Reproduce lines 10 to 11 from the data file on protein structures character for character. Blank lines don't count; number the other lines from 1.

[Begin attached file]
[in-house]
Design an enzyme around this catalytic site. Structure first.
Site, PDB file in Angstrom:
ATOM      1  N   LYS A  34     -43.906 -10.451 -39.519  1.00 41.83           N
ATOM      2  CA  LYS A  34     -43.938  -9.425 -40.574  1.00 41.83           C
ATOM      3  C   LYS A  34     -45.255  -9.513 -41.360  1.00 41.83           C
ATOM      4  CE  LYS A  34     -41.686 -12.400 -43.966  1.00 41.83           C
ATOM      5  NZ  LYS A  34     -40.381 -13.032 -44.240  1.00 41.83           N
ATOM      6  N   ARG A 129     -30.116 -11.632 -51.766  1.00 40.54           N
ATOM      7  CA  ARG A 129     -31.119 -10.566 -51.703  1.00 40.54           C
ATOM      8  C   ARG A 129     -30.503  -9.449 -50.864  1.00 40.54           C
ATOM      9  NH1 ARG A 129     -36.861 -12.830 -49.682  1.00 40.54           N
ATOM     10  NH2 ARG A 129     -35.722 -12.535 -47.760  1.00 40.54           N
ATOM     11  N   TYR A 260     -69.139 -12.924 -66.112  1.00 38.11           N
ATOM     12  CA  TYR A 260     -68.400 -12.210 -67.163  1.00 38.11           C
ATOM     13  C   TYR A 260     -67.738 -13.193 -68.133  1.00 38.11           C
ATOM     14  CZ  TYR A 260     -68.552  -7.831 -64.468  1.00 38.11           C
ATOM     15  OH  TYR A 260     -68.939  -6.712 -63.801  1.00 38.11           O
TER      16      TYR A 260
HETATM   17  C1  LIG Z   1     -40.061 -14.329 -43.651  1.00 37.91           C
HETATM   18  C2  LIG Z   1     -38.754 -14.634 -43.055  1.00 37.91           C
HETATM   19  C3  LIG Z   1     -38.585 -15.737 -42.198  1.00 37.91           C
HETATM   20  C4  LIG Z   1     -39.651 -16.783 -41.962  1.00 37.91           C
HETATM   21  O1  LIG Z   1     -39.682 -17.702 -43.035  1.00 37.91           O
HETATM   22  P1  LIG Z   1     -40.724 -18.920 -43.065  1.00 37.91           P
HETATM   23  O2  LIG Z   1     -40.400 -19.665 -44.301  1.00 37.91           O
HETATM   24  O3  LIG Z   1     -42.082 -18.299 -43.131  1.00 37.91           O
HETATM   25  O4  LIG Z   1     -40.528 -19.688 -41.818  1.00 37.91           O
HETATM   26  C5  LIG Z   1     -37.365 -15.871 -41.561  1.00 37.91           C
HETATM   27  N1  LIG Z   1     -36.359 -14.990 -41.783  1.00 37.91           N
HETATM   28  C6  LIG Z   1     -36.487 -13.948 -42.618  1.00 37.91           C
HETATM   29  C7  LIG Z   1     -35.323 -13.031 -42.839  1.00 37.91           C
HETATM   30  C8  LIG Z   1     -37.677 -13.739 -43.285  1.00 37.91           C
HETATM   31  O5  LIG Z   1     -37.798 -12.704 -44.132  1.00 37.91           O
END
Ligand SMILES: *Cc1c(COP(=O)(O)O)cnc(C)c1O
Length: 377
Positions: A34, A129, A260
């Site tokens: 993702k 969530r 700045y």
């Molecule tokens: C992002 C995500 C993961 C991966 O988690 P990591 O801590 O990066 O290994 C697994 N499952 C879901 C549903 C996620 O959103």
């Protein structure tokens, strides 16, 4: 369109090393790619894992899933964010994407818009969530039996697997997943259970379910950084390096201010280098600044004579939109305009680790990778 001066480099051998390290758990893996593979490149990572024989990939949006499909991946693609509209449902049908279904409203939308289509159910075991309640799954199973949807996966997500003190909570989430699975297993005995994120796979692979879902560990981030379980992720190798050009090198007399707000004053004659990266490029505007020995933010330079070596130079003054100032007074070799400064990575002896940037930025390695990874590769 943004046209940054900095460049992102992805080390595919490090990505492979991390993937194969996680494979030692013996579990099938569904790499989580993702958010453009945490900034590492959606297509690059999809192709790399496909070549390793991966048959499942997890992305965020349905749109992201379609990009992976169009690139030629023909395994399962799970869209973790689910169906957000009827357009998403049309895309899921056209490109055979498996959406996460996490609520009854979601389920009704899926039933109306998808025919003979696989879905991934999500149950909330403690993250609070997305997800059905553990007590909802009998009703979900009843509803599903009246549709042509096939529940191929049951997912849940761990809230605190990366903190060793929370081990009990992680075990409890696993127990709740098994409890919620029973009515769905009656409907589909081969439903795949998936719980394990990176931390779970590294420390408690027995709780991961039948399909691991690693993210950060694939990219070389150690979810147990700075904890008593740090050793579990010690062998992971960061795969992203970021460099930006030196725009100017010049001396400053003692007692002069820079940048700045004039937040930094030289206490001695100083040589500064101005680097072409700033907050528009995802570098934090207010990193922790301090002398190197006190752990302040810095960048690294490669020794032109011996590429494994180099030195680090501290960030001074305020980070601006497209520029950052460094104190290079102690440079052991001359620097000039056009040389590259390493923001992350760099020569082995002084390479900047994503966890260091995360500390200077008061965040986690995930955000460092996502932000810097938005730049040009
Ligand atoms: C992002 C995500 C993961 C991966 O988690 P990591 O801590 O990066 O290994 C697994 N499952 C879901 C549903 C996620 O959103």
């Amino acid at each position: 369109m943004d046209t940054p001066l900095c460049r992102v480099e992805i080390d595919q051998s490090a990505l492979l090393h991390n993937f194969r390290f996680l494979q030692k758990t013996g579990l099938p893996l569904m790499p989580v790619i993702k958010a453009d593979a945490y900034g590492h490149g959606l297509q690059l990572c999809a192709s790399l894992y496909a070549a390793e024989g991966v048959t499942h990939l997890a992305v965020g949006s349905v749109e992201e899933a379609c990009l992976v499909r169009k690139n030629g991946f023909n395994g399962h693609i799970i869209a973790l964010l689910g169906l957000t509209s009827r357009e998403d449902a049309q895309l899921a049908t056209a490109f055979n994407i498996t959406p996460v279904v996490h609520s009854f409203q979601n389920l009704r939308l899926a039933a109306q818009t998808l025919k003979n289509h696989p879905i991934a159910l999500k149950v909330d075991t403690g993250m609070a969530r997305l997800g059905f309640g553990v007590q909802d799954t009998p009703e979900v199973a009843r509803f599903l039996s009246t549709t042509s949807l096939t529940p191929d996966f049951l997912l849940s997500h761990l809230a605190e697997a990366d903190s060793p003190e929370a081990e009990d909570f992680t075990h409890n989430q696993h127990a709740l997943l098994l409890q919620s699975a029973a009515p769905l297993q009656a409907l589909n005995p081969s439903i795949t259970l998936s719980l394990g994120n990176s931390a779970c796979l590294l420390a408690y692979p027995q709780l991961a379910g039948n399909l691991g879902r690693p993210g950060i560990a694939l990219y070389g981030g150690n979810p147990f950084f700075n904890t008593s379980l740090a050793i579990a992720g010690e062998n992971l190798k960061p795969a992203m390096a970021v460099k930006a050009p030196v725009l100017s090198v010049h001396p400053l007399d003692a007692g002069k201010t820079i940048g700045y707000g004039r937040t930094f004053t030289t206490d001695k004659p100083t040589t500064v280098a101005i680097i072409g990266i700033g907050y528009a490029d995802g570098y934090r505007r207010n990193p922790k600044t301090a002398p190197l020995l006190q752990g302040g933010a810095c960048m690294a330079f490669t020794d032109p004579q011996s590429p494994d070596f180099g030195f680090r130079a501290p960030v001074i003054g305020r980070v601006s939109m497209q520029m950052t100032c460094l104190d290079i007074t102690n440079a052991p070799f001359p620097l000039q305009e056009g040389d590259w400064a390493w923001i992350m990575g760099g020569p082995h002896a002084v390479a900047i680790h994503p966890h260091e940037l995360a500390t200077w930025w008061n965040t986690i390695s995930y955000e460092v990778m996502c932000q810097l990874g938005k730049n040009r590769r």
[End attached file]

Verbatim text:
ATOM      7  CA  ARG A 129     -31.119 -10.566 -51.703  1.00 40.54           C
ATOM      8  C   ARG A 129     -30.503  -9.449 -50.864  1.00 40.54           C